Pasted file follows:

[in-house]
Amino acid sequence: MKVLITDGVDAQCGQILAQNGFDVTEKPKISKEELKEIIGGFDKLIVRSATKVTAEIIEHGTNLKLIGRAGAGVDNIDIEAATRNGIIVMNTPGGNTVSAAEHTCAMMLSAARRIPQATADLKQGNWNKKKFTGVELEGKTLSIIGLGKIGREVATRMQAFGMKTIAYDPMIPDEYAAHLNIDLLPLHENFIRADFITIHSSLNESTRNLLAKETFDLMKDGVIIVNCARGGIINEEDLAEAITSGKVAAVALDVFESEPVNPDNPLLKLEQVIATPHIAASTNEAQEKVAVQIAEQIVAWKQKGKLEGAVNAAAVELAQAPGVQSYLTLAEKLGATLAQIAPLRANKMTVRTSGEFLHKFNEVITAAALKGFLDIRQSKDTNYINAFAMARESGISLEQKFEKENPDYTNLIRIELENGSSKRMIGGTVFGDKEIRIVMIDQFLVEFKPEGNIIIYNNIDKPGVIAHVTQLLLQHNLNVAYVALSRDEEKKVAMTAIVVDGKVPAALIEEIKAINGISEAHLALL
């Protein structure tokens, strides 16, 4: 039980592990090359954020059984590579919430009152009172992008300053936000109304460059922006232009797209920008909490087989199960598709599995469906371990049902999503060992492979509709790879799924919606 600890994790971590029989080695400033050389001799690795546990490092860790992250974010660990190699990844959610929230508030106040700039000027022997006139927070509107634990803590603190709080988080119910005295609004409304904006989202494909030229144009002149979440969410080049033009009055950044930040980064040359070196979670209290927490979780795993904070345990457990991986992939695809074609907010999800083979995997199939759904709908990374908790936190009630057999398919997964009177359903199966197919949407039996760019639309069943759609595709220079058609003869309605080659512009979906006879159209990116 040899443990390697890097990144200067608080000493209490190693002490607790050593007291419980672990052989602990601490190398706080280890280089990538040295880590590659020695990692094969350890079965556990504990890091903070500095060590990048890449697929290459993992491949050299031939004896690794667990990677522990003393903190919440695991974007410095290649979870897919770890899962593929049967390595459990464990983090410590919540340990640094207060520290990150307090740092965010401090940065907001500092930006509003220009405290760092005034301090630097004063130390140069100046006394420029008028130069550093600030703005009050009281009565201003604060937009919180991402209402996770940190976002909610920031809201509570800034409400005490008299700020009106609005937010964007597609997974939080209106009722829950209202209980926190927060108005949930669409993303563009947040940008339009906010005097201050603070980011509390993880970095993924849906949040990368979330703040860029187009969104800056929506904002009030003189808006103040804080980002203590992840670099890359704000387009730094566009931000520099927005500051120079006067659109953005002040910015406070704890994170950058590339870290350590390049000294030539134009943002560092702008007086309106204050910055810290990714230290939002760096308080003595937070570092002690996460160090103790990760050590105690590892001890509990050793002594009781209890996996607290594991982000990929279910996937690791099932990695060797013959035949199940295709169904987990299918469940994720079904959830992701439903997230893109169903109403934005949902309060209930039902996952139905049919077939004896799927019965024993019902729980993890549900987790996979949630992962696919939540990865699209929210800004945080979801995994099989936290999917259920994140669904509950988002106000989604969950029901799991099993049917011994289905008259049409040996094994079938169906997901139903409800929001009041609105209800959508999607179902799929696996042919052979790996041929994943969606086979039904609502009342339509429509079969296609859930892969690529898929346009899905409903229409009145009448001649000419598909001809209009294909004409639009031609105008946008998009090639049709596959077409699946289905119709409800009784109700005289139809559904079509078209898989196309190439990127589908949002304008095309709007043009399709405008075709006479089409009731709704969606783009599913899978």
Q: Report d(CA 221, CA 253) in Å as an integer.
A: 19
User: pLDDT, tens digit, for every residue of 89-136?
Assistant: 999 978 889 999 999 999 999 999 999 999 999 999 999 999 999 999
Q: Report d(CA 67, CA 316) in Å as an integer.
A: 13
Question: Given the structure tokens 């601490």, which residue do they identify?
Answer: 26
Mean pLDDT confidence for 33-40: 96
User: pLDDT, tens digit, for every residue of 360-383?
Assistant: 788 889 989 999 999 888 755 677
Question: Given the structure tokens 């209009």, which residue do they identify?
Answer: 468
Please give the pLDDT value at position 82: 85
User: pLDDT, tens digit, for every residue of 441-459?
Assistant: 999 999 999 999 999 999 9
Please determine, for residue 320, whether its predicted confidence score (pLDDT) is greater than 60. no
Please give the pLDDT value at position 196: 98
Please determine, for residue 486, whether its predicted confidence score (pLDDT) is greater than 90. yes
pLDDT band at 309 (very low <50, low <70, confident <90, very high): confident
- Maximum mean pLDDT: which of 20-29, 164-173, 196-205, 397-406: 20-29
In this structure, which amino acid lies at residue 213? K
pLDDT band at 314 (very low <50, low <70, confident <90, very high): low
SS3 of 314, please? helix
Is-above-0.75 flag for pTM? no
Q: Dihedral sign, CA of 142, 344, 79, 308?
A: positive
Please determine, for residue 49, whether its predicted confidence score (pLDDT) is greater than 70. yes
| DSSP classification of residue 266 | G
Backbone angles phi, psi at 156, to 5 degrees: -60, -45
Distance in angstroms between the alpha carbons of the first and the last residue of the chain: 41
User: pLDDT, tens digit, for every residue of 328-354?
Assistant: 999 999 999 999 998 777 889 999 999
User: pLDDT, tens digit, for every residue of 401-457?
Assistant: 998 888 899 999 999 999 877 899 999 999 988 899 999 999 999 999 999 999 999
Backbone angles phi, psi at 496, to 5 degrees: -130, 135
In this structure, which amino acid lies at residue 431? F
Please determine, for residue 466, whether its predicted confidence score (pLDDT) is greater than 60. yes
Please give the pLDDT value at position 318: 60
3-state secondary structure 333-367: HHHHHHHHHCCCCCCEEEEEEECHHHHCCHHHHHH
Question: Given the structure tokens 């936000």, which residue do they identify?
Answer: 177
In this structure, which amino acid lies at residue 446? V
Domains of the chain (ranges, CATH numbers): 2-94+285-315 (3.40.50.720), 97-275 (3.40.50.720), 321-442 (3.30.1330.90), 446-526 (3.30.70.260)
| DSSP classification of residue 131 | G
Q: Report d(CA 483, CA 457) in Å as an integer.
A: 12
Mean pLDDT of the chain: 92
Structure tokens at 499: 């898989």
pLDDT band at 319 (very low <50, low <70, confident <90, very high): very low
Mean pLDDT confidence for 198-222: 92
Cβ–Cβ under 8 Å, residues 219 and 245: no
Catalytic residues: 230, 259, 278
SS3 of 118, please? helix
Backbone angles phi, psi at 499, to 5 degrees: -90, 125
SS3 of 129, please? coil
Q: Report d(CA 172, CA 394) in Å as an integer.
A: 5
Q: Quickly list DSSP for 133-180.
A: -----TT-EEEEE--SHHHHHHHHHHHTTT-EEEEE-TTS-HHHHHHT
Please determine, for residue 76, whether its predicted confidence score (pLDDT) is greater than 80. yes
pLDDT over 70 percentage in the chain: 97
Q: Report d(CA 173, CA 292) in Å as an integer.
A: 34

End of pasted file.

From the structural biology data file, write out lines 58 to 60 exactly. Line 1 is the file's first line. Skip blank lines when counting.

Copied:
Backbone angles phi, psi at 499, to 5 degrees: -90, 125
SS3 of 129, please? coil
Q: Report d(CA 172, CA 394) in Å as an integer.